Lauren J. McFeaters
November 18, 2018
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An unusual story from beginning to end. Jesus returns to the Sea of Galilee by way of Sidon, ending up in the area of the Decapolis or the Ten Towns. That would be a little like going from Princeton to Richmond by way of Boston and ending up in Atlanta.
And the Gentile crowds in this vast area, are again and again, bringing to Jesus people in need of significant healing from substantial illnesses. On today’s stop, the people bring Jesus a deaf man who could hardly speak; and they beg him for a laying on of hands.” [i]
Who is this man? He has a name. We don’t know it. What we do know is his deafness is profound and his speech twisted, and tongue tied.
The first time I remember experiencing this story was in Mrs. Mahaffy’s Sunday School Class. This was in Mount Lebanon, PA. She often taught us by having us sit on the floor and bringing out a big blue felt panel. She told us the stories of Jesus with Biblical paper characters, about 8” high, that would stick to the felt board and could easily be moved around as the story was told.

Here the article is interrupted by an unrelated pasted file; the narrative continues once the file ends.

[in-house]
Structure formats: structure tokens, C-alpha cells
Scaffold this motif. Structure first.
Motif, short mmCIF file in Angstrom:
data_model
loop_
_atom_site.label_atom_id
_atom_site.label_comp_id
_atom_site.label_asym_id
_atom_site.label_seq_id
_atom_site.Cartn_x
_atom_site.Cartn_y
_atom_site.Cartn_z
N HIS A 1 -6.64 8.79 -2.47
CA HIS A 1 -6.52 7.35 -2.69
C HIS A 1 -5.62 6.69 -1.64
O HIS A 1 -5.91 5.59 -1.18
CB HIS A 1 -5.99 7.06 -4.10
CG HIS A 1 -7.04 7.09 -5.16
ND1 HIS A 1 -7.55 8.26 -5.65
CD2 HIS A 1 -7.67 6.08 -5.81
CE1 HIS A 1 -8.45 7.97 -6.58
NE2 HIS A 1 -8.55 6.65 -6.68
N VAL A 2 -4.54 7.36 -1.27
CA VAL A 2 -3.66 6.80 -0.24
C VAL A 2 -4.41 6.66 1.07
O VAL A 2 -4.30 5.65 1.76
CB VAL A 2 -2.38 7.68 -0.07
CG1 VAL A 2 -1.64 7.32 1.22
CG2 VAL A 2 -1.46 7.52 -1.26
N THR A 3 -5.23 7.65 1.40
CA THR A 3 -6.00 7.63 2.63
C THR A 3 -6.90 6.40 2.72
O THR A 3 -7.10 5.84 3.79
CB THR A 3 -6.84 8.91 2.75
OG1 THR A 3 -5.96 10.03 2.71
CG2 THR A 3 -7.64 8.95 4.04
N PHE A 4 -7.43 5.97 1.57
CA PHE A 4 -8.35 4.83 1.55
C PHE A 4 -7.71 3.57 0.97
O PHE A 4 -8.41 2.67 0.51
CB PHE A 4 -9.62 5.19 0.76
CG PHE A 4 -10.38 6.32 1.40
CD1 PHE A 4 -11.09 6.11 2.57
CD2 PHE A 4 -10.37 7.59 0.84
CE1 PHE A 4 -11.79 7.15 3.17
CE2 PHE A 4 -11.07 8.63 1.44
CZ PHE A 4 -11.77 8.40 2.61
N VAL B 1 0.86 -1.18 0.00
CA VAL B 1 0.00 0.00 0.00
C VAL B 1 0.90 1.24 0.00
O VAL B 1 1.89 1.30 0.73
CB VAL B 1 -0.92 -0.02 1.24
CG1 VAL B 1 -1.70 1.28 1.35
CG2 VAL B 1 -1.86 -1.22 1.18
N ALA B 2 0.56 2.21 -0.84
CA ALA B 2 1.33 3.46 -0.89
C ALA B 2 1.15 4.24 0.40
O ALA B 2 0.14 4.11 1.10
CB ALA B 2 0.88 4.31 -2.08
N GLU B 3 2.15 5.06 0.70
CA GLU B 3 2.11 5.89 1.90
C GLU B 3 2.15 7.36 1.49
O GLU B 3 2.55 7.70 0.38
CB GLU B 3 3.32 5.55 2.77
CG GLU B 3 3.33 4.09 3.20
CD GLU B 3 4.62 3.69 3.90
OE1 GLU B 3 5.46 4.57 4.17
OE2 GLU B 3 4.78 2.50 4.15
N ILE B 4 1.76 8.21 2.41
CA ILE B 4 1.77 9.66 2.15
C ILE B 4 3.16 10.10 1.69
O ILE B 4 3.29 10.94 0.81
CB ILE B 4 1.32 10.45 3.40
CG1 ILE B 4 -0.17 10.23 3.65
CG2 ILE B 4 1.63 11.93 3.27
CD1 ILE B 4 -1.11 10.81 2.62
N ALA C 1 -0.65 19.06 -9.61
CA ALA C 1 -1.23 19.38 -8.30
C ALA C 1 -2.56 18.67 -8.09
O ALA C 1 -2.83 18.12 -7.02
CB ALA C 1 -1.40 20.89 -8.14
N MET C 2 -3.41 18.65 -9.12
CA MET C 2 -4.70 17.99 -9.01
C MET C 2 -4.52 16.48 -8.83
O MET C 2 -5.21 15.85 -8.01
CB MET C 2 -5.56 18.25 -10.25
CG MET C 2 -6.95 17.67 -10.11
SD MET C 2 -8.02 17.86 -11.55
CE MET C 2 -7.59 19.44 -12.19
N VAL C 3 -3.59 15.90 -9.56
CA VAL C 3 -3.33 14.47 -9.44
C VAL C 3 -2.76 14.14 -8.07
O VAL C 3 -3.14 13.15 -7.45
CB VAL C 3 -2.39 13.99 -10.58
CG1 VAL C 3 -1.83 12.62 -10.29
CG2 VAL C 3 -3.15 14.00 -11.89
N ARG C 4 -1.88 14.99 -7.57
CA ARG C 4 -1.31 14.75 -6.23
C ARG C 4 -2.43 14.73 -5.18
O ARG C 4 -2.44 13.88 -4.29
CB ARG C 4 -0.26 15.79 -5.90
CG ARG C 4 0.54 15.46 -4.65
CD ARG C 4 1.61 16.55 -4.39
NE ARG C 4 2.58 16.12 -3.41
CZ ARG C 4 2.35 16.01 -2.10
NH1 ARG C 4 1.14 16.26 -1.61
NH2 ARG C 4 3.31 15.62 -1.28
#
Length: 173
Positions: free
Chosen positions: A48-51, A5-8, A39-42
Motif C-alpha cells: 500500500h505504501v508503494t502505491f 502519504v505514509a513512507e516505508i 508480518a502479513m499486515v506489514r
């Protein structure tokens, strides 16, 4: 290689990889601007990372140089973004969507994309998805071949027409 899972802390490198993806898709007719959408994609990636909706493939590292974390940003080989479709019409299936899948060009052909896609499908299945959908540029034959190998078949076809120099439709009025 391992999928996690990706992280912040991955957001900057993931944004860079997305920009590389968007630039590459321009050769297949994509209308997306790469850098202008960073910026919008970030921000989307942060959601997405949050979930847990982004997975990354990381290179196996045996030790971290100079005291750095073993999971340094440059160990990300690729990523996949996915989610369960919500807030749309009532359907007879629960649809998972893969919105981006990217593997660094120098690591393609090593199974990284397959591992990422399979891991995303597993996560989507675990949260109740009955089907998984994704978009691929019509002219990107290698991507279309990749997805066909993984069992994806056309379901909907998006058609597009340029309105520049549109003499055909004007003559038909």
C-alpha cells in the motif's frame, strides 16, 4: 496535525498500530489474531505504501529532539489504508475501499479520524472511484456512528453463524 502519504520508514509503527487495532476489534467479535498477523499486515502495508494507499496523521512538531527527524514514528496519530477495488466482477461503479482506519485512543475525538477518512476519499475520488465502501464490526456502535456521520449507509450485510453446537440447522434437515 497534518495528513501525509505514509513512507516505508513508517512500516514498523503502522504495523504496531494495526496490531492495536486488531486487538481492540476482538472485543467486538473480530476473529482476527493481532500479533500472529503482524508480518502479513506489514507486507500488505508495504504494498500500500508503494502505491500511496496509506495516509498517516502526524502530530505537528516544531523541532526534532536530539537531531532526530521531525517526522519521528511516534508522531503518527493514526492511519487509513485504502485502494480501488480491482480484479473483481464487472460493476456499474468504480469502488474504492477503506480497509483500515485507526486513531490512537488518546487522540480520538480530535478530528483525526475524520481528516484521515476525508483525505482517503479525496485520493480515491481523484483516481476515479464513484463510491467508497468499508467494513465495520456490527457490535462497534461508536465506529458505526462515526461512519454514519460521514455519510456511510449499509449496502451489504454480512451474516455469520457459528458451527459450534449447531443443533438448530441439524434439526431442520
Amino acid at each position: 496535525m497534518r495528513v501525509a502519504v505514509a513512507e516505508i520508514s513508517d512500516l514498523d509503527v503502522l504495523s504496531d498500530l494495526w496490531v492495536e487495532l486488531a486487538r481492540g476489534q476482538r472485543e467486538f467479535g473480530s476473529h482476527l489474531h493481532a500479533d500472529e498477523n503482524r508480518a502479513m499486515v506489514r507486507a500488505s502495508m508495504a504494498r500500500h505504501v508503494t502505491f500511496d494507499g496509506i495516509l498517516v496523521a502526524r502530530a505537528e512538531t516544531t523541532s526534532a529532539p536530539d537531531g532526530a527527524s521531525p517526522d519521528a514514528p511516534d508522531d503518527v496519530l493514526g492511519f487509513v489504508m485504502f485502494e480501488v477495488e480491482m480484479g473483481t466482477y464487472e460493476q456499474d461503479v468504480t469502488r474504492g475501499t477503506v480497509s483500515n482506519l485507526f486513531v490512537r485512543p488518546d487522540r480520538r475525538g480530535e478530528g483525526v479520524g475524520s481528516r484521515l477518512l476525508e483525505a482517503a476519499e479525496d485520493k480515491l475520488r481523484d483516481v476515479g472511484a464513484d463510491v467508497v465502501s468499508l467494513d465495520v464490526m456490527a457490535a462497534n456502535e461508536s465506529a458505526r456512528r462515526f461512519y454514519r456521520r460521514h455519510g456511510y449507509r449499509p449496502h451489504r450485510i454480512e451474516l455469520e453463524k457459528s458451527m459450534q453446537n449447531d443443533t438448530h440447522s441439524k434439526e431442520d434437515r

It’s kind of like Flat-Stanley, so often used in schools as the character that travels with children wherever they go. This was Flat-Jesus and his paper cutout is always handsome, robed, serene, and welcoming. Friendly scampering children, cute lambs, and puppies, always surround the Paper Jesus. His arms are outstretched in welcome. A radiant smile plays on his face. You can almost hear the strains of sacred music in the background. And the story? It’s quick and sure:
- Paper Friends enter stage right bringing the Paper Deaf Man to Jesus.